Politics As Public Service Must Return

Politics As Public Service Must Return

Report from opening session from ‘India Conference’ at Harvard. The two speakers were Ram Madhav of the BJP and Prithivraj Chavan of the Congress. The session was moderated by Rajiv Deshpande, political editor, Times of India. 

Swarajya was represented at the event by Swaminathan Venkataraman

Ram Madhav

Ram Madhav began with a Nehru anecdote. He told that Nehru had once said about that democracy that it was the second-best form of government while the best form was yet to be invented. Madhav said that for him “new politics” meant a better way of running our affairs, which germinated and grew independent of the new media. Madhav said that new politics was needed because the old style of it falls woefully short to meet the needs of out 500 million storng worhforce. And for new politics, he believed, one needs new leaders.

Madhav felt that while before independence politics was a passion, it had become a family business after it. Politics, he felt, requires passion. Ideology, for its part, should be a guiding principle and not a barrier. Idealism, he said, was as important as ideology.

Madhav identified six core thrusts of politics: bijli, Sadak, pani, swachta, swastik and suraksha. According to him, new politics and politicians must operate along the six guidelines above. He felt that Modi is one such politician.

Politics As Public Service Must Return

Further he went on to describe the qualities of an ideal king/ruler/governor through examples of the Arthashastra. A king should live the life of the last subject of his country, according to this doctrine. If the subject/citizen sleeps on floor, then the king must sleep on the floor, too. When Chandragupta Maurya refused to marry the daughter of the Greek general Seleucus Nicator, he was advised to keep the country’s interests above his and go ahead with the marriage.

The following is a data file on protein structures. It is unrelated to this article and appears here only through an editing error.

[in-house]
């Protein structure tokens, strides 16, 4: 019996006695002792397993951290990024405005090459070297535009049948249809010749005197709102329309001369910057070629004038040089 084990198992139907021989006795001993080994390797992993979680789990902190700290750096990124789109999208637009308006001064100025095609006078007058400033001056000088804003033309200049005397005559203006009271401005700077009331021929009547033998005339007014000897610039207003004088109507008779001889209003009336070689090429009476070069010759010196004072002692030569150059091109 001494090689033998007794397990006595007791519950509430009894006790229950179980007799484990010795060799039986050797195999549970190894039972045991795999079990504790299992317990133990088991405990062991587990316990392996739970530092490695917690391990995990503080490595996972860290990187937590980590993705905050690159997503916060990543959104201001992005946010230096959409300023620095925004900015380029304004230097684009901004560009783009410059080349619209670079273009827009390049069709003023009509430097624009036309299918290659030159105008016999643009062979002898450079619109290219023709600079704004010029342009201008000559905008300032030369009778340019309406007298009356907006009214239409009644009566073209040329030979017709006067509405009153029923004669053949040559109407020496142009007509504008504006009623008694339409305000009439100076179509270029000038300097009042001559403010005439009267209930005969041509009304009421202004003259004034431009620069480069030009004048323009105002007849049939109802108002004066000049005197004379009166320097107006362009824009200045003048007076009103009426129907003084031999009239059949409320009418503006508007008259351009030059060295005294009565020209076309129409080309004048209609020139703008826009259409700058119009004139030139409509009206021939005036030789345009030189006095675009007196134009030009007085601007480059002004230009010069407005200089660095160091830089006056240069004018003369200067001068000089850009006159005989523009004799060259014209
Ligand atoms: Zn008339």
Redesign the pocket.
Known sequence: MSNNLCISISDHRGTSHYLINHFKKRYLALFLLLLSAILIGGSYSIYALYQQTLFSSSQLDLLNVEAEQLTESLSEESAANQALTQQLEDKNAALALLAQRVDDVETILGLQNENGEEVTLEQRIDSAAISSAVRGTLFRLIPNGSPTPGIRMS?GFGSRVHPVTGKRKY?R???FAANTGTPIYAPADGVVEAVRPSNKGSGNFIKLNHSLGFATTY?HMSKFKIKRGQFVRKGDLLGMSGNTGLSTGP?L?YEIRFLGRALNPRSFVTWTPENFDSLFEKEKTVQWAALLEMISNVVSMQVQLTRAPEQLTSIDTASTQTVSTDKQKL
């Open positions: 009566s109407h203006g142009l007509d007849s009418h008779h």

The purpose these fables for Madhav was to drive the point that the idea of politics as public service must be re-introduced. Committed people and institions are needed for that to happen, said Madhav. But he also added, that there was some movement in that direction.

As for new media, he argued that it had become a positive restraining factor. With its emergence, politicians are being held accountable to their words. Also, he said that new media had democratized opinion which was earlier a monopoly of few individuals.

Prithviraj Chavan

Chavan started by saying that India was at a very interesting point in its history. After a full 30 years a party enjoys majority in the Lok Sabha, and a leader enjoys total command over his party. India should utilize the opportunity to grow at close to 10%. He felt that if we were unable to do so, we would have failed future generations.

He felt that new media has massive impact on elections in present times. He said he faced two elections last year and his party was drubbed in both. He was of the view that the electorate now does not look at the a longer time frame. It is only the recent past which matters for them, he said. The electorate today, he said, was impatient. When a government does good work, said Chavan, the demands of the electorate only increase. Whereas, a failure stays with the government forever. New politicians, he felt, must be trained in sound-byte politics.

He said that in the arena of new politics, the role of the party was under stress. According to him, elections are now being fought more on within constituencies than between parties.

He also felt that in the current age, direct communication of a leader with the electorate has become very important, something he said, Narendra Modi did very well during Lok Sabha election campaign. Lakhs of people came for his public meetings. This, Chavan felt, was proof of the fact that big media houses have lost their ability to influence elections.

To maintain their relevance, political parties would have to be more democratic, said Chavan.

He concluded by saying that it is now being wondered across political parties if India is moving towards an era of stable governments and fewer parties. If that were to happen, said Chavan, it would be in the interests of the country since there would be greater clarity in terms of socio-economic views of each party.

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